updated 10/25/2004 3:19:54 PM ET 2004-10-25T19:19:54

Violent crime fell last year, with only a slight uptick in murders marring the overall trend of fewer crimes across the country, the FBI said Monday in its annual crime report.

There were just under 1.4 million crimes of murder, manslaughter, rape, robbery and aggravated assault in 2003, 3 percent fewer than 2002 and a decline of more than 25 percent from 1994.

The 2003 figure translates to a rate of 475 violent crimes for every 100,000 Americans, a 3.9 percent decrease from the previous year, the FBI report said. Aggravated assaults, which make up two-thirds of all violent crimes, have dropped for 10 straight years.

Murder was the only violent crime that increased in 2003, with the 16,503 slayings reported by police to the FBI representing a 1.7 percent hike from the year before. Nearly eight in 10 murder victims last year were male and 90 percent were adults.

Property crimes such as burglary, theft and theft of motor vehicles dropped slightly, with the overall total of 10.4 million crimes in 2003 representing a decline of less than 1 percent.

The property crime rate for 2003 was 3,588 crimes per 100,000 Americans, a 1.2 percent decline. Property crime is down 14 percent overall since 1994.

Historically low levels
The FBI’s annual Uniform Crime Reporting Program statistics largely mirror those of other government studies that show crime at historically low levels. The Justice Department’s annual survey of crime victims, released in September, found the nation’s crime rate at its lowest point since such studies began in 1973.

The drop in crime has made it far less of a political issue. President Bush and Democratic challenger John Kerry rarely mention it in their campaign speeches and polls indicate few voters rank crime as a top concern facing the country.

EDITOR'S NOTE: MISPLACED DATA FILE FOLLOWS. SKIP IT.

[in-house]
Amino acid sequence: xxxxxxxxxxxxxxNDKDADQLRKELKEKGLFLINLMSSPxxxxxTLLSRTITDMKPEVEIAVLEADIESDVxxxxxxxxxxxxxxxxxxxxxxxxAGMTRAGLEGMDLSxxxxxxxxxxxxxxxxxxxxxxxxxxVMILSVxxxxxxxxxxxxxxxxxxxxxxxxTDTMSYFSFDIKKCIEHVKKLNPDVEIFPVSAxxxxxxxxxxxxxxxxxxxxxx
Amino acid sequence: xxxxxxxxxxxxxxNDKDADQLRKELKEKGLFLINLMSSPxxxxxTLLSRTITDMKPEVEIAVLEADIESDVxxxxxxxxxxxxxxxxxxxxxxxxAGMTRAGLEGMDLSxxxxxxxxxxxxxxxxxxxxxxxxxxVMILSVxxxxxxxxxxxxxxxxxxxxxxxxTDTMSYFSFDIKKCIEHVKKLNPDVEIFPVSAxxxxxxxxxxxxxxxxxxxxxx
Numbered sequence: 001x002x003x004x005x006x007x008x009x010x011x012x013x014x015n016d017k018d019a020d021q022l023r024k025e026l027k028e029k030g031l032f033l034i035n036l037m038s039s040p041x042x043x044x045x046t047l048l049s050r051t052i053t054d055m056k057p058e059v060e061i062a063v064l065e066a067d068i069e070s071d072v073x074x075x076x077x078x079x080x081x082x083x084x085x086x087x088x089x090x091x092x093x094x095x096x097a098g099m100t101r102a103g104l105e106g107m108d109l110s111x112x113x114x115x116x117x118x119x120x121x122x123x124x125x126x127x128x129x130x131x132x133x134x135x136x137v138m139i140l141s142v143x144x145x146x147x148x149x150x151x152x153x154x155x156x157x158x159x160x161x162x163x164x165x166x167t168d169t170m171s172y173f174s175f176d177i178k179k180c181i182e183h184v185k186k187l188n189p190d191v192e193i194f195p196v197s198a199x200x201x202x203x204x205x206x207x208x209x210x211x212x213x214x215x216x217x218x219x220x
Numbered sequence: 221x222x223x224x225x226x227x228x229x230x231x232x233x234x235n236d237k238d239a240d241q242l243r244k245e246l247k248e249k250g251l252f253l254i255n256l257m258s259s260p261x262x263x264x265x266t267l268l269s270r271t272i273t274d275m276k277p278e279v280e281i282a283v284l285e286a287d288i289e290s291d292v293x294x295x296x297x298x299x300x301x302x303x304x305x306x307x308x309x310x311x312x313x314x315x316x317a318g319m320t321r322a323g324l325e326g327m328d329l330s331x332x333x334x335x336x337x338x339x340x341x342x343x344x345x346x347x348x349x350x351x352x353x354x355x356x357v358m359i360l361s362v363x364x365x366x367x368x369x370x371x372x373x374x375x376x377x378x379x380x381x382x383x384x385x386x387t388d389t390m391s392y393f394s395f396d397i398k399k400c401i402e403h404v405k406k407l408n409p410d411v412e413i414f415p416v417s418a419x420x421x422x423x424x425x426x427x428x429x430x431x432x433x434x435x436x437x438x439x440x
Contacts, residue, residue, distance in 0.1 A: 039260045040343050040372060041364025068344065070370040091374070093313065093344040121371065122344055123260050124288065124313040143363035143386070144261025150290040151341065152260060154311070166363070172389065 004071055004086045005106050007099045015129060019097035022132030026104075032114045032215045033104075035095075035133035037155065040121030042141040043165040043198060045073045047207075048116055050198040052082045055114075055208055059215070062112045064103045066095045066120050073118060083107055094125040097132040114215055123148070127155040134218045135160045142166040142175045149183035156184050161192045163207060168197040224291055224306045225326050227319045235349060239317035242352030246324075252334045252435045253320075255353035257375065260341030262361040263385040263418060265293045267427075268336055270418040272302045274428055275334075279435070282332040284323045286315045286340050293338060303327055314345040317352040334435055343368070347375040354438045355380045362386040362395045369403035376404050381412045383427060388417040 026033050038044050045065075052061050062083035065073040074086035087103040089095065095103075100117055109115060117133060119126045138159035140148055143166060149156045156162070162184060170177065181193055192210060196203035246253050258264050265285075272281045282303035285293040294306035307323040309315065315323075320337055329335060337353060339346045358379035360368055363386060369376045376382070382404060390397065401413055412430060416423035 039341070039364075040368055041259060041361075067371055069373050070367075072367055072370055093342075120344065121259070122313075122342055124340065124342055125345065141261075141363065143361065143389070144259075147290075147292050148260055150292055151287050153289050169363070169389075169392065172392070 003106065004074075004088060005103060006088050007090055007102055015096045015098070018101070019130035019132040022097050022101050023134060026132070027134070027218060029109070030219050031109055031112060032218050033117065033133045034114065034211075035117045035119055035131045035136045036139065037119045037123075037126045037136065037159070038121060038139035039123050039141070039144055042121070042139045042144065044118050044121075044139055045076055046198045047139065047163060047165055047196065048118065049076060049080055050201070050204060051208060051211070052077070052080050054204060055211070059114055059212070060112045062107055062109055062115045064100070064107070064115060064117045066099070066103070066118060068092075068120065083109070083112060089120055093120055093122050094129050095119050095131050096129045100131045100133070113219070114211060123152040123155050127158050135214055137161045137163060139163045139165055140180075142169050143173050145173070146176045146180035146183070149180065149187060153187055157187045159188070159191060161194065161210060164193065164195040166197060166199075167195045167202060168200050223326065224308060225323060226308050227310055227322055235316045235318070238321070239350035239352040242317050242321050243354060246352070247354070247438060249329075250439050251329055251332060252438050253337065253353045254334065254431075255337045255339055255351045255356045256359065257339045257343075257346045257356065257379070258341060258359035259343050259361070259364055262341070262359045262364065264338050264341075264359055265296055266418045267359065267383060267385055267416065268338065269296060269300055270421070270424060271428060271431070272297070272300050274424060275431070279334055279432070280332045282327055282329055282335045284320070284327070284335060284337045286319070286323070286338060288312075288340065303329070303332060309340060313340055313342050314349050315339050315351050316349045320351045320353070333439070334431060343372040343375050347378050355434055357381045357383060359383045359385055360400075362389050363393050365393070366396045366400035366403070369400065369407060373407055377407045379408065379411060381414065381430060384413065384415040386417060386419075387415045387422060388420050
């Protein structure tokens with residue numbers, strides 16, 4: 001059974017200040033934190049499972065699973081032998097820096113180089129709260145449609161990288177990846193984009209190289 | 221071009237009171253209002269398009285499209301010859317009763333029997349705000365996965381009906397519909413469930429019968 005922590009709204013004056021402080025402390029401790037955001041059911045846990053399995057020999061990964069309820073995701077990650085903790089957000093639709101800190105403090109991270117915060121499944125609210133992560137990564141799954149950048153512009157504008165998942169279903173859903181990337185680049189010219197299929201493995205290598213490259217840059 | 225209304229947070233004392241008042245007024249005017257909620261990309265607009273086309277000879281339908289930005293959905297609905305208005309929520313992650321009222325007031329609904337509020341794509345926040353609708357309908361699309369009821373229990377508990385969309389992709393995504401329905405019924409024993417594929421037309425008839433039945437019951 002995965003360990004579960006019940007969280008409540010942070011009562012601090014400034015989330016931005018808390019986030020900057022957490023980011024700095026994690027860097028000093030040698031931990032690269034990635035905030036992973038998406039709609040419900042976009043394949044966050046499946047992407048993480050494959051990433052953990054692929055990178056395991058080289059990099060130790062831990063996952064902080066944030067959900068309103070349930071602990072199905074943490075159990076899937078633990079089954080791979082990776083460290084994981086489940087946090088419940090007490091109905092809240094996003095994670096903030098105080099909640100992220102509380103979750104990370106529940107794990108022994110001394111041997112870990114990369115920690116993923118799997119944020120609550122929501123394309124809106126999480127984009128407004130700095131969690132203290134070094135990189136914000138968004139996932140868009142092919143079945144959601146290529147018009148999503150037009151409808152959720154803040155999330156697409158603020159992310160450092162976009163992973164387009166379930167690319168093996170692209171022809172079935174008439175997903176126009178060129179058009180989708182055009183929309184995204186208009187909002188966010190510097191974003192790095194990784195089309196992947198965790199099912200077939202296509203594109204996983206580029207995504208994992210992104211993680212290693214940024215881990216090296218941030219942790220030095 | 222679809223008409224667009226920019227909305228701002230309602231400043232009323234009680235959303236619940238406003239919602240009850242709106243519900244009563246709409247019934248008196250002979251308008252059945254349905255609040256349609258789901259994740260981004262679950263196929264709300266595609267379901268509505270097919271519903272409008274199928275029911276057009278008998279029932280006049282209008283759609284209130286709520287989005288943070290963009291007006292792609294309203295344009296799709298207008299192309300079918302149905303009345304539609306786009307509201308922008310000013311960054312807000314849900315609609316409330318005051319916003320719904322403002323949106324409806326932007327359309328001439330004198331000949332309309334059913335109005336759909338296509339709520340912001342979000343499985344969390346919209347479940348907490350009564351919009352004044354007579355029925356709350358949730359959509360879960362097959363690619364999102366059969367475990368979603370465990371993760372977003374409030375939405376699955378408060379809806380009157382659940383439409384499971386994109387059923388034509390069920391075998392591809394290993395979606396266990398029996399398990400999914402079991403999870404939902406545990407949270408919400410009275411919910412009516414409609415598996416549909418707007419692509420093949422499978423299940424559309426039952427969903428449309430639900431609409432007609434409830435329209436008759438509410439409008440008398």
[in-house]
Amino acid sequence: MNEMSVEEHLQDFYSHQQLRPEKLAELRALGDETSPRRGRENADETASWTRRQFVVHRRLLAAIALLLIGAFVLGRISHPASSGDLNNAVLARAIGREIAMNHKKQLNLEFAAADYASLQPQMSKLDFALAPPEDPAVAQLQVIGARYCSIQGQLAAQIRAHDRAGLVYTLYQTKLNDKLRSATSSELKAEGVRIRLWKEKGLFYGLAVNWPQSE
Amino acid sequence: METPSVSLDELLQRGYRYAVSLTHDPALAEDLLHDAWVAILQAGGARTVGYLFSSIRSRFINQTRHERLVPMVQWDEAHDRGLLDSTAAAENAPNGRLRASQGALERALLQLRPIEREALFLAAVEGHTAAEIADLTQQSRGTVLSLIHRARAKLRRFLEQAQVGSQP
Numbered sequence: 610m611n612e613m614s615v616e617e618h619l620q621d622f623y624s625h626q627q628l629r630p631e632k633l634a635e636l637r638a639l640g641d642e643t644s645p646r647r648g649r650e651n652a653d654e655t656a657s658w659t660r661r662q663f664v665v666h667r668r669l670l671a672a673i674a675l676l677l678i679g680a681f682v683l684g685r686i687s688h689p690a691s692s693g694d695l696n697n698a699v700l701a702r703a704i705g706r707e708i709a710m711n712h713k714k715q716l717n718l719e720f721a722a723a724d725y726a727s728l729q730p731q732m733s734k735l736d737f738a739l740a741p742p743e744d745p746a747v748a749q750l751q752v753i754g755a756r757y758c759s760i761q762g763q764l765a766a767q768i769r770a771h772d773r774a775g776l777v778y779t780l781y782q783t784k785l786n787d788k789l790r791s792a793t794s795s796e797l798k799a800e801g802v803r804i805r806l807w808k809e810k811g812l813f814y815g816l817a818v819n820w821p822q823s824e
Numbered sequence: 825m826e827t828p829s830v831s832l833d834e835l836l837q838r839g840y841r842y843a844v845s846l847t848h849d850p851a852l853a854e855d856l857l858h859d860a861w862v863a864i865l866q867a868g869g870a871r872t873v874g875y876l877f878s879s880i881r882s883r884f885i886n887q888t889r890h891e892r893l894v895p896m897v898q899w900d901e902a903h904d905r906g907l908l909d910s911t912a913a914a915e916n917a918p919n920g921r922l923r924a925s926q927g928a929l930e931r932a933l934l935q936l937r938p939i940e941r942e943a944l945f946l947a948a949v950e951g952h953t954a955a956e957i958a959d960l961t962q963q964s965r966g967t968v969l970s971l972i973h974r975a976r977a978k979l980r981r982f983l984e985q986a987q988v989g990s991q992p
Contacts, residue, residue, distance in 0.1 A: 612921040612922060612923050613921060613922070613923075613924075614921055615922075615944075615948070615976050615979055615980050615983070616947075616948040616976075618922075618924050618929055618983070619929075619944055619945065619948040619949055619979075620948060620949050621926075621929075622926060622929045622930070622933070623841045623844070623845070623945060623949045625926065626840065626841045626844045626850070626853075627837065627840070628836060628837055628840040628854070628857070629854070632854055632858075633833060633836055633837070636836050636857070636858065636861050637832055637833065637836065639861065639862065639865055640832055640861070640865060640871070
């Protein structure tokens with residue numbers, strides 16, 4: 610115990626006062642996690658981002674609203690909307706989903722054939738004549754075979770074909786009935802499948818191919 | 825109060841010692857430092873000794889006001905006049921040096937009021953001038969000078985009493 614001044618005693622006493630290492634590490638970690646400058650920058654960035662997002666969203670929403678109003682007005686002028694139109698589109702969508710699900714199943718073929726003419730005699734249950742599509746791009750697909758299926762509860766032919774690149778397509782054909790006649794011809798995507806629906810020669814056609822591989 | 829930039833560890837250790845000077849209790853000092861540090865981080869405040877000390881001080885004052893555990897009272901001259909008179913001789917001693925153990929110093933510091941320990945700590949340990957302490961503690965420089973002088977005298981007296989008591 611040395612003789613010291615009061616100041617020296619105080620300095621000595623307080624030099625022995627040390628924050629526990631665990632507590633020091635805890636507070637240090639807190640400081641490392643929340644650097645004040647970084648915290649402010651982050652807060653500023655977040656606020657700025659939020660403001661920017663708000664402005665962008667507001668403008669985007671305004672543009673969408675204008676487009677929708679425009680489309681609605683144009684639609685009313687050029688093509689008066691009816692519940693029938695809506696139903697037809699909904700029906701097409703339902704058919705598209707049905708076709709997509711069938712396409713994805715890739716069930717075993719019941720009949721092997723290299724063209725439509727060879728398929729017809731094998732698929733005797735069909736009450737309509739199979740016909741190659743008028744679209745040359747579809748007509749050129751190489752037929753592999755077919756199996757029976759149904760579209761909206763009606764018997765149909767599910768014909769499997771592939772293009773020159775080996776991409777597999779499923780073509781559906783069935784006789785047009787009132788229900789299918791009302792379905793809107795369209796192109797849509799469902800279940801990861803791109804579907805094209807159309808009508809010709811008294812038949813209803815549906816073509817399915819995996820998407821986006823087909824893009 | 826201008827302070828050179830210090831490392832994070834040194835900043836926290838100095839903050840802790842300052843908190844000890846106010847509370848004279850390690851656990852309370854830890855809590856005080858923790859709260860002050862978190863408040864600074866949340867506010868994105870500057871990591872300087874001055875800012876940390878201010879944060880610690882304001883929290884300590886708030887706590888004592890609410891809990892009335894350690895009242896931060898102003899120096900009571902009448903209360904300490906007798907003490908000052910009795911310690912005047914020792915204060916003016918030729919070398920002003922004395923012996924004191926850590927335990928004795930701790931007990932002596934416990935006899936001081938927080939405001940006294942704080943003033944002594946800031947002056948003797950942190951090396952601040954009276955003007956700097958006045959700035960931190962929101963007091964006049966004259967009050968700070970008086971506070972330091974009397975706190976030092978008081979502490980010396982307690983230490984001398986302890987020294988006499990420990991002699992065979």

Attorney General John Ashcroft said the numbers demonstrate the success of initiatives as stepped-up federal prosecution of gun crimes, arrest of more drug offenders and longer prison sentencing policies for repeat offenders. Violent crime, he said, has dropped 6 percent since 2000.

“All across our country, law-abiding Americans are enjoying unprecedented safety,” Ashcroft said.

Other findings of the FBI report include the following:

  • Violent crime in cities dropped 3.9 percent compared with 2002 and 3.7 percent in less metropolitan areas.
  • Excluding traffic stops, law enforcement agencies made 13.6 million arrests in 2003, or about 4,695 arrests for every 100,000 Americans. In 2003, those agencies solved about 46 percent of violent crimes, including about 62 percent of murders.
  • Nearly 71 percent of the 2003 murders involved use of a firearm, with 13 percent involving knives or other cutting instruments. Blunt objects, hands and feet also were used.
  • Property crimes cost victims about $17 billion last year, including $8.6 billion in motor vehicle thefts.

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